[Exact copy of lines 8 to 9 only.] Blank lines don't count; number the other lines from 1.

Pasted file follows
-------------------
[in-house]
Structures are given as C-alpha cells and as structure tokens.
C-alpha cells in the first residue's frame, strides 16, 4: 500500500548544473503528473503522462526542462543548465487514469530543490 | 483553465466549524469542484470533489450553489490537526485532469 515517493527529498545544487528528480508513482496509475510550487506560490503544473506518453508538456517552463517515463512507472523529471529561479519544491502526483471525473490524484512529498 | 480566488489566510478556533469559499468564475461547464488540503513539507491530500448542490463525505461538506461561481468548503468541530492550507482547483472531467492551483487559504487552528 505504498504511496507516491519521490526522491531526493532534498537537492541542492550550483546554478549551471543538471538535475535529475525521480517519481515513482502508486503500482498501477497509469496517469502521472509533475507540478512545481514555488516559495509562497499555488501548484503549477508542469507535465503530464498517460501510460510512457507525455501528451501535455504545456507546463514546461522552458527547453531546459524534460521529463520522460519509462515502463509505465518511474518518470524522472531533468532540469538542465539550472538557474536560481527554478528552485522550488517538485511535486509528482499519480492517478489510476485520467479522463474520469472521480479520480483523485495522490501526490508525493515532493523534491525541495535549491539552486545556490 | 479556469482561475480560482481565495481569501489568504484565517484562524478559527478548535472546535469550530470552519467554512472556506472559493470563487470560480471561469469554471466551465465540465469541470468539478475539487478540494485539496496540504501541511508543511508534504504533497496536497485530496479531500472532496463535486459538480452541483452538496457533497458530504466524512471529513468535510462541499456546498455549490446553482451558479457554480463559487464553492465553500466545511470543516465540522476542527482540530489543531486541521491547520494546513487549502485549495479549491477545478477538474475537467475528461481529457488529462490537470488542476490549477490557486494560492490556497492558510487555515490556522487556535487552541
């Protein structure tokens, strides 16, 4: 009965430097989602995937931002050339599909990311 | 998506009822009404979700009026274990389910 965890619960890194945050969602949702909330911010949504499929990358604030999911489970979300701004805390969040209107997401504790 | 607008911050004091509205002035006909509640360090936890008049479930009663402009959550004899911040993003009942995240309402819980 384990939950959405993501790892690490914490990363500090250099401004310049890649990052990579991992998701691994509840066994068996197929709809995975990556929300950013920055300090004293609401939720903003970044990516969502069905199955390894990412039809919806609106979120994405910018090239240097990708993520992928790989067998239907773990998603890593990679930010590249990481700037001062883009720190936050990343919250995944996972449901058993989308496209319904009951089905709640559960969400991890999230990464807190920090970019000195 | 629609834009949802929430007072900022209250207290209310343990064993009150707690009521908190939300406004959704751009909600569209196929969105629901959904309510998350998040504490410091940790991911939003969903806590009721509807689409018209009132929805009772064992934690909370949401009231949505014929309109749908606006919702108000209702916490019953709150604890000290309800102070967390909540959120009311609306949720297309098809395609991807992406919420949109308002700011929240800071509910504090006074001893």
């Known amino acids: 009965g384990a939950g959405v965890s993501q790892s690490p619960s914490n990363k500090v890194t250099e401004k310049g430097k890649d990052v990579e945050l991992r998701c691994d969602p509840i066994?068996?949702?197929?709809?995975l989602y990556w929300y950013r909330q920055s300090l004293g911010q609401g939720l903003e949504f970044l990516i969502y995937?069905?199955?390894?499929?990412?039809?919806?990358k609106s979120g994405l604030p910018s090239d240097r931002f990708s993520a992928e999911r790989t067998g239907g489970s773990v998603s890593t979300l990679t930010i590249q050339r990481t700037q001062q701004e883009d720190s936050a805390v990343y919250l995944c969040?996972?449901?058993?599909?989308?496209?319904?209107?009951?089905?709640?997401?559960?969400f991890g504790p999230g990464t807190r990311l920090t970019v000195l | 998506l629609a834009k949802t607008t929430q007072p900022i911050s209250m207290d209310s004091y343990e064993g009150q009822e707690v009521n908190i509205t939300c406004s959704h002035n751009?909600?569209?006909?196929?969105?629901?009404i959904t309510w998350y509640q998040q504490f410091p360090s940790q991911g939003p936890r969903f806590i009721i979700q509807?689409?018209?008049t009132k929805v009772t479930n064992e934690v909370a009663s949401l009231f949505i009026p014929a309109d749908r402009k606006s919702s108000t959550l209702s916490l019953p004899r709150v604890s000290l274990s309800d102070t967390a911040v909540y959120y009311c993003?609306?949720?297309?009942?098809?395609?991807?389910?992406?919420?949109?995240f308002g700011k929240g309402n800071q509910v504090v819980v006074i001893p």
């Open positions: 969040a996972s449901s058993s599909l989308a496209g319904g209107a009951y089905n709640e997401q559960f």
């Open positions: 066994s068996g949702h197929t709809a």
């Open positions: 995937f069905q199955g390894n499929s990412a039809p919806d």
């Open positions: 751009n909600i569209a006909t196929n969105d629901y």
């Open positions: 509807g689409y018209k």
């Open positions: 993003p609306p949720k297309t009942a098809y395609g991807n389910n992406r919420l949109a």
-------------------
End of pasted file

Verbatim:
């Open positions: 995937f069905q199955g390894n499929s990412a039809p919806d």
């Open positions: 751009n909600i569209a006909t196929n969105d629901y």